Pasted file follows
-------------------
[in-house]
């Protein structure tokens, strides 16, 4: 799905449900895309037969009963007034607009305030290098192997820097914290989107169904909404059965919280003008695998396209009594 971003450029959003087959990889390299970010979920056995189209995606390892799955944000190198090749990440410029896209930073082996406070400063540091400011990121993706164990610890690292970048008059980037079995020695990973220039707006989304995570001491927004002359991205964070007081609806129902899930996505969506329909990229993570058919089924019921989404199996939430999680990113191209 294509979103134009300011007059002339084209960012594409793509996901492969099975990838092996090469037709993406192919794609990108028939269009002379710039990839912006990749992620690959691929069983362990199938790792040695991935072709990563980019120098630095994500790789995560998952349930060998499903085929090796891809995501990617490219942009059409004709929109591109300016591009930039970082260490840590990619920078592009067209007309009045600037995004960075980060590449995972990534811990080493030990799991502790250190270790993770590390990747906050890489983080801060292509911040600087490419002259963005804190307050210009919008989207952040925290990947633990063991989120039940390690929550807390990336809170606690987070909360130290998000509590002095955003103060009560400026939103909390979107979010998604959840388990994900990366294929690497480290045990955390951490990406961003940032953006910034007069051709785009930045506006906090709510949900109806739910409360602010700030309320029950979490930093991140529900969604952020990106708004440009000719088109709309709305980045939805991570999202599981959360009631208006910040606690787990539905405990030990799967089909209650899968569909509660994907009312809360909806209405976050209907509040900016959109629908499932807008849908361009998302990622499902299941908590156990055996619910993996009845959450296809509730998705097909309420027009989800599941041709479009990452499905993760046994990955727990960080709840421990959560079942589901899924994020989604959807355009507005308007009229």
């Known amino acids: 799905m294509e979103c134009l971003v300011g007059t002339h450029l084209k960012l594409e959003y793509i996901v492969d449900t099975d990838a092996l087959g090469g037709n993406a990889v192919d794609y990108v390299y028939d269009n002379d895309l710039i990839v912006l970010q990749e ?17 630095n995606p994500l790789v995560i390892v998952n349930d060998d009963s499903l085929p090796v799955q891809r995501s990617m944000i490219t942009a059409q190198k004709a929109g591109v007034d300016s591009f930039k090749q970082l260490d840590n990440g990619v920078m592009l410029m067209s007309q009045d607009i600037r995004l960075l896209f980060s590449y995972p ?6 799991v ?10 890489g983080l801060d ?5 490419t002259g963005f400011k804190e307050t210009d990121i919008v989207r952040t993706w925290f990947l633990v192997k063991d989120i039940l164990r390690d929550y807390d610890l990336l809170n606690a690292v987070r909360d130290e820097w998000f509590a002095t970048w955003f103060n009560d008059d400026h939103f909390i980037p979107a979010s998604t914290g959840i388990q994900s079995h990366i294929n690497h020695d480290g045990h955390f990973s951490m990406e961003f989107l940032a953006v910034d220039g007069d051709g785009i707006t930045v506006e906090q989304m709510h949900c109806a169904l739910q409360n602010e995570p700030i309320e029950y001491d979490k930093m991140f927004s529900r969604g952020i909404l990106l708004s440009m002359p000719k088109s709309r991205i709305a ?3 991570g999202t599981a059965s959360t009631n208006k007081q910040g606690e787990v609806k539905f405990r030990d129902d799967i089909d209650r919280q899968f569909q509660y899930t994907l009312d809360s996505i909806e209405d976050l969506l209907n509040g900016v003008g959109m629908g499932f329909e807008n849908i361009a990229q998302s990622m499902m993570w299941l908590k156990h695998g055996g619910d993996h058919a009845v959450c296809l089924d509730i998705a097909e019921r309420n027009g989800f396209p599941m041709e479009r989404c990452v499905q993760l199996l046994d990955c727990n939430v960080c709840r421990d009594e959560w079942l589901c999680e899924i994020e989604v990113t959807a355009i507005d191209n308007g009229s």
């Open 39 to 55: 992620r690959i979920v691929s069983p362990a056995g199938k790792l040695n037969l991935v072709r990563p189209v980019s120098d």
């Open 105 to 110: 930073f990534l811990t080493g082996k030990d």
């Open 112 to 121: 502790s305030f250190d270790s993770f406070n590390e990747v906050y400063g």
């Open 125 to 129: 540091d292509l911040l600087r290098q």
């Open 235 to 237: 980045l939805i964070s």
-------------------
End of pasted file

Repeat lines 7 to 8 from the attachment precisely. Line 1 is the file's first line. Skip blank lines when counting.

């Open 125 to 129: 540091d292509l911040l600087r290098q």
């Open 235 to 237: 980045l939805i964070s």